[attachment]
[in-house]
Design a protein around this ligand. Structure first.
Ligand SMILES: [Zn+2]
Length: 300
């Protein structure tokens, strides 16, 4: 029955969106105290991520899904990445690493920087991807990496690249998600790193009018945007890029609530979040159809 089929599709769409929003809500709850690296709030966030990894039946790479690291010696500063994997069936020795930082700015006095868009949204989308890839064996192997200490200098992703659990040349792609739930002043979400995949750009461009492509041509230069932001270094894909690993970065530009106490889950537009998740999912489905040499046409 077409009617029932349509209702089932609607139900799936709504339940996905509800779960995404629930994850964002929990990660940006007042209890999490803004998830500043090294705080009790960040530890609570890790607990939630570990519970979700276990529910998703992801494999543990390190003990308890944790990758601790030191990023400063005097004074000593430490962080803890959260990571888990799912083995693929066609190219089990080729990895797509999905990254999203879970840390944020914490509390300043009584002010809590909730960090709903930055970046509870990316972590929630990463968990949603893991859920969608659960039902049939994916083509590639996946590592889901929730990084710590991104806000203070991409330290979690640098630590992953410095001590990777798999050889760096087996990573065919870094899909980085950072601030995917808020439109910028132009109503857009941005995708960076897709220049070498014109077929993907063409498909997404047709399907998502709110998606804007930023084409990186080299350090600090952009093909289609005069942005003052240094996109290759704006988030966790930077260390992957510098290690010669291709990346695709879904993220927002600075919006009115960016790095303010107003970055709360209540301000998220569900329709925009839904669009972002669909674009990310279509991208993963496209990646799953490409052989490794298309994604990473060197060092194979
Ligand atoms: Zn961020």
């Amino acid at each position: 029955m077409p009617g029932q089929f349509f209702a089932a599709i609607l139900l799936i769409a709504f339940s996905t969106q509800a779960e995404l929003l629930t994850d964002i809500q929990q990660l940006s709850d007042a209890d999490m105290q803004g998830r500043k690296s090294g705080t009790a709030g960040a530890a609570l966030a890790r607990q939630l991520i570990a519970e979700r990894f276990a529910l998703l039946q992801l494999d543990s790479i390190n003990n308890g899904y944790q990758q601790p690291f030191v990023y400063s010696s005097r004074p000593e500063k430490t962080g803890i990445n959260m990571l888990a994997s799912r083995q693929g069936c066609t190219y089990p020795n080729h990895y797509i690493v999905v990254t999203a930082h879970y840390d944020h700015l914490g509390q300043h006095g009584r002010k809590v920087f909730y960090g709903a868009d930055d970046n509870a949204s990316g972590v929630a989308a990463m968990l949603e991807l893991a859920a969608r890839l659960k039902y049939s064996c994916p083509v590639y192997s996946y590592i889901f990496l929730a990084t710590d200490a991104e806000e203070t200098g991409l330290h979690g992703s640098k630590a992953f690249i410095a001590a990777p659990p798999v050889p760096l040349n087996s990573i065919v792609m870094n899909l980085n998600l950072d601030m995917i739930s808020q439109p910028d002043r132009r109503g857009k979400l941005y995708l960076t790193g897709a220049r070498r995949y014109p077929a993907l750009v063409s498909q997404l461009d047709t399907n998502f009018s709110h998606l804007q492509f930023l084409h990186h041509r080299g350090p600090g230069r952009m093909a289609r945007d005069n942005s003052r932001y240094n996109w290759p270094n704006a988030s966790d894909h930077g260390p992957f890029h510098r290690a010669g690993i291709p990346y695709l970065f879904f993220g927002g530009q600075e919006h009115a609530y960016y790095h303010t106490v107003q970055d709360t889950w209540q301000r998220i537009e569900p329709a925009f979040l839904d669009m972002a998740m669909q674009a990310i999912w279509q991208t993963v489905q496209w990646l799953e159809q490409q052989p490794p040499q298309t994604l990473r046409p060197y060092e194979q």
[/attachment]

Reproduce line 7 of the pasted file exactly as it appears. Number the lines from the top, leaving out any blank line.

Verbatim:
């Amino acid at each position: 029955m077409p009617g029932q089929f349509f209702a089932a599709i609607l139900l799936i769409a709504f339940s996905t969106q509800a779960e995404l929003l629930t994850d964002i809500q929990q990660l940006s709850d007042a209890d999490m105290q803004g998830r500043k690296s090294g705080t009790a709030g960040a530890a609570l966030a890790r607990q939630l991520i570990a519970e979700r990894f276990a529910l998703l039946q992801l494999d543990s790479i390190n003990n308890g899904y944790q990758q601790p690291f030191v990023y400063s010696s005097r004074p000593e500063k430490t962080g803890i990445n959260m990571l888990a994997s799912r083995q693929g069936c066609t190219y089990p020795n080729h990895y797509i690493v999905v990254t999203a930082h879970y840390d944020h700015l914490g509390q300043h006095g009584r002010k809590v920087f909730y960090g709903a868009d930055d970046n509870a949204s990316g972590v929630a989308a990463m968990l949603e991807l893991a859920a969608r890839l659960k039902y049939s064996c994916p083509v590639y192997s996946y590592i889901f990496l929730a990084t710590d200490a991104e806000e203070t200098g991409l330290h979690g992703s640098k630590a992953f690249i410095a001590a990777p659990p798999v050889p760096l040349n087996s990573i065919v792609m870094n899909l980085n998600l950072d601030m995917i739930s808020q439109p910028d002043r132009r109503g857009k979400l941005y995708l960076t790193g897709a220049r070498r995949y014109p077929a993907l750009v063409s498909q997404l461009d047709t399907n998502f009018s709110h998606l804007q492509f930023l084409h990186h041509r080299g350090p600090g230069r952009m093909a289609r945007d005069n942005s003052r932001y240094n996109w290759p270094n704006a988030s966790d894909h930077g260390p992957f890029h510098r290690a010669g690993i291709p990346y695709l970065f879904f993220g927002g530009q600075e919006h009115a609530y960016y790095h303010t106490v107003q970055d709360t889950w209540q301000r998220i537009e569900p329709a925009f979040l839904d669009m972002a998740m669909q674009a990310i999912w279509q991208t993963v489905q496209w990646l799953e159809q490409q052989p490794p040499q298309t994604l990473r046409p060197y060092e194979q």